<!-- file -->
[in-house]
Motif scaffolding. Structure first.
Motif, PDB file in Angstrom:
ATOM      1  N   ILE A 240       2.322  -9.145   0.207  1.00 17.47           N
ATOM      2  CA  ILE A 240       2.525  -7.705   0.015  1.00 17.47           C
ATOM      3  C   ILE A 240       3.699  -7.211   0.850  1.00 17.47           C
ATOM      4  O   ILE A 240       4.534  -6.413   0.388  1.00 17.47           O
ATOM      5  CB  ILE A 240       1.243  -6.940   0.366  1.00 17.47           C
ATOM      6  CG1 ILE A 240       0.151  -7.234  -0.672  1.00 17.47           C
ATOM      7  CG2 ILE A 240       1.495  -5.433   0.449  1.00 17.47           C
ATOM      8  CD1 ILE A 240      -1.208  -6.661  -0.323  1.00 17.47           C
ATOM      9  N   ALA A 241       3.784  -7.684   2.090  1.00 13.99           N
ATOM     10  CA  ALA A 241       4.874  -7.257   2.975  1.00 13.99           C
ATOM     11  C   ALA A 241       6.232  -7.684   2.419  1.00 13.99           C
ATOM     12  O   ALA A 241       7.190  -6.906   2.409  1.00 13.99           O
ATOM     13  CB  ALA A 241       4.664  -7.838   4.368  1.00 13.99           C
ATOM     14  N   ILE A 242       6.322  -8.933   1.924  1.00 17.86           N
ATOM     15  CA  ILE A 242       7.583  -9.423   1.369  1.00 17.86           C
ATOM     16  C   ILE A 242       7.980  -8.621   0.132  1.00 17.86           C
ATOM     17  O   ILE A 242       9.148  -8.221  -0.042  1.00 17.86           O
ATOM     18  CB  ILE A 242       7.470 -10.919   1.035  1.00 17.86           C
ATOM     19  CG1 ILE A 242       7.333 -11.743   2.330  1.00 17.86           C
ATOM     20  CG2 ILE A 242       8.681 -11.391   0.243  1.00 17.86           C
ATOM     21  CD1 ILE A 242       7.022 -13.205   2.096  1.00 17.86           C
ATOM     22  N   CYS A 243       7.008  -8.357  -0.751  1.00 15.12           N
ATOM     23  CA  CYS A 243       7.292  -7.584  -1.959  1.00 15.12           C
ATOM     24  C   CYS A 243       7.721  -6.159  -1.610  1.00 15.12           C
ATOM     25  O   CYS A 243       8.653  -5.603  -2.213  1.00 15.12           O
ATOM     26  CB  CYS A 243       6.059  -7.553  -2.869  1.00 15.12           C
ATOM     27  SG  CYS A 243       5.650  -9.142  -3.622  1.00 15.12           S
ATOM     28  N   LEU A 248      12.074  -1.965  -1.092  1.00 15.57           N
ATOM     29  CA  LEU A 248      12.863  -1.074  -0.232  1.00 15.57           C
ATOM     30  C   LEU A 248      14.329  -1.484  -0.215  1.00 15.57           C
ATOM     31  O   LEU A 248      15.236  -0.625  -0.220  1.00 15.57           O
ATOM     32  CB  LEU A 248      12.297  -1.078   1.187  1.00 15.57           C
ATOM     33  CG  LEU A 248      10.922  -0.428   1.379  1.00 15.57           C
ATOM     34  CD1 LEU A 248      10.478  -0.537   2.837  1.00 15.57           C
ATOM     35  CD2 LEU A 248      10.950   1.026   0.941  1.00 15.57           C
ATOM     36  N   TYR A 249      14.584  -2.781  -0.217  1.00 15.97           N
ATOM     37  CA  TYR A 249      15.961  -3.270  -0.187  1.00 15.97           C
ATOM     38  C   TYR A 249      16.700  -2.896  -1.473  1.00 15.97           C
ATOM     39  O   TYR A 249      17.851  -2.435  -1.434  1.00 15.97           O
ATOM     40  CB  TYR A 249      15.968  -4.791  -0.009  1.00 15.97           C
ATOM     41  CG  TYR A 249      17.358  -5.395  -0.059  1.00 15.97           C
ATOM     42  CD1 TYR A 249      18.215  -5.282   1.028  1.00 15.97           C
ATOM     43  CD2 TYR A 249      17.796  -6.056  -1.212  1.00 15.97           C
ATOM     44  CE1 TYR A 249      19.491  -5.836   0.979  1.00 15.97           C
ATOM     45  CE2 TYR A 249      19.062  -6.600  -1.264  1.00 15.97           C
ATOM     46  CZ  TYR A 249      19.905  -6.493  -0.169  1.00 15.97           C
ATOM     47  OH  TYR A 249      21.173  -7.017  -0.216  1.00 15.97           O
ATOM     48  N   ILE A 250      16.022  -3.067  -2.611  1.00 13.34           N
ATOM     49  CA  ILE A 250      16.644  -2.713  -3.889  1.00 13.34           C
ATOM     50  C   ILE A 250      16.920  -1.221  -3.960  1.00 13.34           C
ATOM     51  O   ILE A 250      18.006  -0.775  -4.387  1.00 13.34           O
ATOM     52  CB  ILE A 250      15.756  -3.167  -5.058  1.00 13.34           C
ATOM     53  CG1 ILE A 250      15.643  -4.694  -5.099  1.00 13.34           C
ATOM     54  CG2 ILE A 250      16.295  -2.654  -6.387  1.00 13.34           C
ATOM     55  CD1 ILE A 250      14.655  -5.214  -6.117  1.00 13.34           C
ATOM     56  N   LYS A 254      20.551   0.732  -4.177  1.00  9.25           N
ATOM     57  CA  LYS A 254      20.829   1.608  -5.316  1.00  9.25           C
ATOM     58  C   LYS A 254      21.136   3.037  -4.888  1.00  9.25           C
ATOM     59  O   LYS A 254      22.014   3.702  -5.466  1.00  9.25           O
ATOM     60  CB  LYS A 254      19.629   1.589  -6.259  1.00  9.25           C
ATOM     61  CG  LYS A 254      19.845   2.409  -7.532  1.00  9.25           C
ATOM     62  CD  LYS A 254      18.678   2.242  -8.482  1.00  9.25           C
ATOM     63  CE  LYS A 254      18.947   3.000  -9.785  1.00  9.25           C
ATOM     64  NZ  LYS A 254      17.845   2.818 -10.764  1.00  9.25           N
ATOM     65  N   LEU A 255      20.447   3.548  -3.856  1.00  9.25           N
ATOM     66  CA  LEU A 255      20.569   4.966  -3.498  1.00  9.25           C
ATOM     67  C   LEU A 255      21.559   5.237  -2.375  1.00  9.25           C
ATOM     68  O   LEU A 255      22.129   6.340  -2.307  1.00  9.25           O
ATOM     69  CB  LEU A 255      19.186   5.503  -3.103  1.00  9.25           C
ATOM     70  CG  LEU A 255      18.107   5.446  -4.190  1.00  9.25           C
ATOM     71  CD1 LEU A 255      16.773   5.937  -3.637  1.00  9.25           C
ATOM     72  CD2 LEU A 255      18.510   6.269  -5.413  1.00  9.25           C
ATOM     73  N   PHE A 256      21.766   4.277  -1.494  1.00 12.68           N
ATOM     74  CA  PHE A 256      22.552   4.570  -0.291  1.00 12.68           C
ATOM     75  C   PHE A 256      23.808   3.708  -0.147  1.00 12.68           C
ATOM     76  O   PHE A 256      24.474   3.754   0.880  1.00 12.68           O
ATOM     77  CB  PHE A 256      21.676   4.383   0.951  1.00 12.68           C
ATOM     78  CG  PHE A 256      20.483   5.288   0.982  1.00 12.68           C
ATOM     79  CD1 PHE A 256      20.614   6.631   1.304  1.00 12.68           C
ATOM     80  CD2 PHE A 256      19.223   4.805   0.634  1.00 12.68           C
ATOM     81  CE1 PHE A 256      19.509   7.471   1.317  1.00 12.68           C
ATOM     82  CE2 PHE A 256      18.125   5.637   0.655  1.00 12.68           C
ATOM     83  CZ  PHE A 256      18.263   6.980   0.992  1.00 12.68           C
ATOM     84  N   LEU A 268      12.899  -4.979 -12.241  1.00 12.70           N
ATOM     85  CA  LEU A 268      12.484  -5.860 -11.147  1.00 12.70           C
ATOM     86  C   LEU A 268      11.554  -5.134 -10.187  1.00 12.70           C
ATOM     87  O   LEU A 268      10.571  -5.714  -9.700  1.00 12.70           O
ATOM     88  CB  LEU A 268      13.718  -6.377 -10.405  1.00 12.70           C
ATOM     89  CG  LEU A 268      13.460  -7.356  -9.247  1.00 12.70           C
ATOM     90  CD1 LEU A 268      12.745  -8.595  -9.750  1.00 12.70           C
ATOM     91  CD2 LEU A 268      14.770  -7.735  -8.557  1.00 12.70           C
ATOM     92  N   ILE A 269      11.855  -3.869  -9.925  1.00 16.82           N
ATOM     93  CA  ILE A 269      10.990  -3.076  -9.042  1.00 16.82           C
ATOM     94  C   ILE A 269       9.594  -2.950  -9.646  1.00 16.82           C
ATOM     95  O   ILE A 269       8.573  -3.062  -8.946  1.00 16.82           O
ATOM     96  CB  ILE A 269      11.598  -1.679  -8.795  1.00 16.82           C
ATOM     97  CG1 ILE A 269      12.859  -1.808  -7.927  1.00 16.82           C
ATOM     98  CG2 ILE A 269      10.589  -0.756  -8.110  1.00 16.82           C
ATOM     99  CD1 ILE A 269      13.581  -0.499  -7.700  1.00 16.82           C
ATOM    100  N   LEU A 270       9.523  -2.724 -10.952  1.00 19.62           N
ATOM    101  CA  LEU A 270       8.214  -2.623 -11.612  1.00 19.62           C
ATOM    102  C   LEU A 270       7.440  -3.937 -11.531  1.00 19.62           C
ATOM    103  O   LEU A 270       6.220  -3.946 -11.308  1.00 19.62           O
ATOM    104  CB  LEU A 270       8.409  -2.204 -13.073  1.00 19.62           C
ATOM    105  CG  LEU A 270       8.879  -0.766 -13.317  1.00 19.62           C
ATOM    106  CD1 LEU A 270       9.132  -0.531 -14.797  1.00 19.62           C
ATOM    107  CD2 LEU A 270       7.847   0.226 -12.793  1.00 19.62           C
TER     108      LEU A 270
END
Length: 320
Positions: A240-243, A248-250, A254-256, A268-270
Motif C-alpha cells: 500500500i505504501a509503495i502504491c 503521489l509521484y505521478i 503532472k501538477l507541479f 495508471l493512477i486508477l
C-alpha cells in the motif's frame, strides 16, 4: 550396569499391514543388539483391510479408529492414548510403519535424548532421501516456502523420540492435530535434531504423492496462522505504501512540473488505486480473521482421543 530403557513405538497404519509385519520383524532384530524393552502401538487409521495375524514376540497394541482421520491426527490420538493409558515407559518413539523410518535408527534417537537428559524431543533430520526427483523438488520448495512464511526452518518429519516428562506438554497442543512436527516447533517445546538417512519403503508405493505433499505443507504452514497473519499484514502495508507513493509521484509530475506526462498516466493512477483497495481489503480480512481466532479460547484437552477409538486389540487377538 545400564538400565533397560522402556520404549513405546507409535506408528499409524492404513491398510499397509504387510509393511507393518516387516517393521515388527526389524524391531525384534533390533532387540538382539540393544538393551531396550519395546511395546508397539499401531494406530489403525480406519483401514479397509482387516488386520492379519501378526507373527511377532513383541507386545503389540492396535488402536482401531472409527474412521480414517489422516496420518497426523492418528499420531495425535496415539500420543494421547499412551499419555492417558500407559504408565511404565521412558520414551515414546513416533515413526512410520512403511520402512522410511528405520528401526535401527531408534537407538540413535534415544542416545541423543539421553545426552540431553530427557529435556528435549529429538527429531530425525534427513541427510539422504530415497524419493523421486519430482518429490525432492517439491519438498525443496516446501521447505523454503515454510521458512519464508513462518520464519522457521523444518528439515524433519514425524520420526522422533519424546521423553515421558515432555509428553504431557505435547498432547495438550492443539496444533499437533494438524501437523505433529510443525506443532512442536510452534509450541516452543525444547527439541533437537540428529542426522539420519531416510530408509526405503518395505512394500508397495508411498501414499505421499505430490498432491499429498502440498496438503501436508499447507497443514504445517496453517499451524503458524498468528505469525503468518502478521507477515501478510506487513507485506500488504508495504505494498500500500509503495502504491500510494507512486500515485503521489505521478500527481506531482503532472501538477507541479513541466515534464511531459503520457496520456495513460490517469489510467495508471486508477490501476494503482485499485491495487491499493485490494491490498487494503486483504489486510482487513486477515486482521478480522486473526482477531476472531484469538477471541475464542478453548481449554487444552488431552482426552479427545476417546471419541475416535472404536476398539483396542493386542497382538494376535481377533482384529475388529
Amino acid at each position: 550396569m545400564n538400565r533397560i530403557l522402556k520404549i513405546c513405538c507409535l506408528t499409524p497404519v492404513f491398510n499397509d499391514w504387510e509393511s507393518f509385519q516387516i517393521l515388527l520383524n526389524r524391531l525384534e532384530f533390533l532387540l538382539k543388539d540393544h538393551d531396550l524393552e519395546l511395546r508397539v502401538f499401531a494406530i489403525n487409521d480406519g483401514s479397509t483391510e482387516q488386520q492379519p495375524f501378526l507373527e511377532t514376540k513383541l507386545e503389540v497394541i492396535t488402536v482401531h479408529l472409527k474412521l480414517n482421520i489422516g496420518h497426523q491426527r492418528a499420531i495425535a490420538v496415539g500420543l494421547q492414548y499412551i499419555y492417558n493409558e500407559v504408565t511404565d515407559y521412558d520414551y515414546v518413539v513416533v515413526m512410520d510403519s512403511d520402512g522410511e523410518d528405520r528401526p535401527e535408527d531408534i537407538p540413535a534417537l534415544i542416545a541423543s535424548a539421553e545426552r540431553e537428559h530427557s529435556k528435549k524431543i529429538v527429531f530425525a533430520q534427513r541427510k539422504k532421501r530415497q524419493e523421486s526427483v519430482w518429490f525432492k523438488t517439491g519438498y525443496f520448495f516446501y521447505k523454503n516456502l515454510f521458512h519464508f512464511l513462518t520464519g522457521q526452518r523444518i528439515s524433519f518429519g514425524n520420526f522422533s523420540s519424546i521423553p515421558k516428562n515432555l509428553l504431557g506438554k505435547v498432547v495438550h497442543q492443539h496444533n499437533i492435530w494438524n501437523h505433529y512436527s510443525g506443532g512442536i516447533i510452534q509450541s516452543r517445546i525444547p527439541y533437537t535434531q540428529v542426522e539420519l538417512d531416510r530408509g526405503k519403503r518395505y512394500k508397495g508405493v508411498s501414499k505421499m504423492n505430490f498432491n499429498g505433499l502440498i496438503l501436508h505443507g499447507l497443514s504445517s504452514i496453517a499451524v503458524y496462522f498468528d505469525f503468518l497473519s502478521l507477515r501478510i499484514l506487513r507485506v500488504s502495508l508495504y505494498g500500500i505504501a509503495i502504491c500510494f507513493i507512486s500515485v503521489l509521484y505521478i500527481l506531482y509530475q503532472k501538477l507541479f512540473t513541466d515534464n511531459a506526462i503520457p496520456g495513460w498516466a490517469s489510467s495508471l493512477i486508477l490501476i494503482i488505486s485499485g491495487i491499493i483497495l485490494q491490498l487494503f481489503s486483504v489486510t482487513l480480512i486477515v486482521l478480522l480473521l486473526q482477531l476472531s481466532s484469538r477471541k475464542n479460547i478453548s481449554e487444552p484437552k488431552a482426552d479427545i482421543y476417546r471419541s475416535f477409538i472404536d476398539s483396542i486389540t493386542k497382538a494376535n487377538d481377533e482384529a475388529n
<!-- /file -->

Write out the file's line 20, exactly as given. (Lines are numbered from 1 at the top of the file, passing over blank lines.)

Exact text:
ATOM     17  O   ILE A 242       9.148  -8.221  -0.042  1.00 17.86           O